Jacob Nix silences Mariners until giving up homer in ninth and Felix Hernandez pitches seven strong innings but M's fall further behind Oakland in loss to Padres.
SAN DIEGO — It’s a story that’s been written many times in the 14-year career of Felix Hernandez — he delivers a strong outing, his teammates provide minimal run support and the Mariners lose.
The places, the faces and details have changed through the years, but the consistency of its occurrence allowed it to develop into a long-running meme in Seattle that illustrated a franchise flushing away the prime of a generational pitcher.
But this year has been different than so many of the past. Hernandez has rarely produced good outings to even be wasted, instead often leaving the Mariners minimal chances to win games upon his exit. Even worse, the Mariners actually find themselves playing meaningful games in the final weeks of the season with a playoff spot still technically within their reach.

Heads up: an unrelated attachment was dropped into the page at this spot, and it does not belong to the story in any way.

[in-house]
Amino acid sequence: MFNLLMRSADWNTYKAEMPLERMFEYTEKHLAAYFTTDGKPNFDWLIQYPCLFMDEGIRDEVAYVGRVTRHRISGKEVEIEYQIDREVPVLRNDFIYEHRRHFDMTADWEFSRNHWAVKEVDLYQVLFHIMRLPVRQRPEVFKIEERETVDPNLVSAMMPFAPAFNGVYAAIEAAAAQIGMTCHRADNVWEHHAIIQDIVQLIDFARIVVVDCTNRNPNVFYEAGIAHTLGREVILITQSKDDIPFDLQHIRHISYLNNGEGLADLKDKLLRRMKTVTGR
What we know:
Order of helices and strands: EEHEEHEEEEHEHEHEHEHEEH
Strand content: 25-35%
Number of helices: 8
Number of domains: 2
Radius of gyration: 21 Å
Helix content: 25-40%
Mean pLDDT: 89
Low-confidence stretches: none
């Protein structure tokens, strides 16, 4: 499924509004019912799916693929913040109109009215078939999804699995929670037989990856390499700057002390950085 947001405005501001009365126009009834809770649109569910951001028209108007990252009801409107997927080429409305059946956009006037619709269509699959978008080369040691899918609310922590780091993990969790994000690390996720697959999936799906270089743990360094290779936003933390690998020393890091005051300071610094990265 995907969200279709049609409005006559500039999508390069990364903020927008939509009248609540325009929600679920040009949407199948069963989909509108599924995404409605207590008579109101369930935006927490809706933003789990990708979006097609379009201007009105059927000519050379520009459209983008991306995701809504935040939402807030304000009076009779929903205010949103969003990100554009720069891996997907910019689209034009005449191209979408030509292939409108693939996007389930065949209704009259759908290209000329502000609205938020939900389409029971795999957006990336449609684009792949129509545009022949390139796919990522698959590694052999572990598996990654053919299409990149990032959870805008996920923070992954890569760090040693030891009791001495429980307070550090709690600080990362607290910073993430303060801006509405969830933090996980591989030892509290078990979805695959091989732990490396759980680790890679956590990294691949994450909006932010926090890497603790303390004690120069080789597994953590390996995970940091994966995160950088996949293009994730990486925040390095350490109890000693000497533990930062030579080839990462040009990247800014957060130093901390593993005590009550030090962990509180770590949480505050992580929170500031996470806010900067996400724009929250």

So failing to capitalize on Hernandez’s best outing since mid-June by producing a tepid offensive effort against a nondescript rookie right-handed starter in a 2-1 loss to an awful-Padres team made it that much more ruinous and unforgivable.
And with the A’s rallying for a win in Houston earlier on Tuesday night, the Mariners (74-58) dropped to 5 1/2 games back for the second wild card spot with 30 games left to play in the season.
Hernandez pitched seven innings, allowing two runs on four hits with two walks and nine strikeouts. He hadn’t pitched seven complete innings since June 14 in a 2-1 loss to the Red Sox. It was just the third time he’d gone that far in a game this season.
He let out a huge sigh postgame before turning to answer questions about an outing that should have been celebrated, not lamented.
“Frustration about the loss, for sure,” he said. “I haven’t had a win since June 30.”
It was an outing good enough for a win and certainly a team win. And yet, it was the 19th time in Hernandez’s career where he pitched seven or more innings, allowing two runs or fewer and took the loss. It was the 47th time the Mariners lost a game under those circumstances.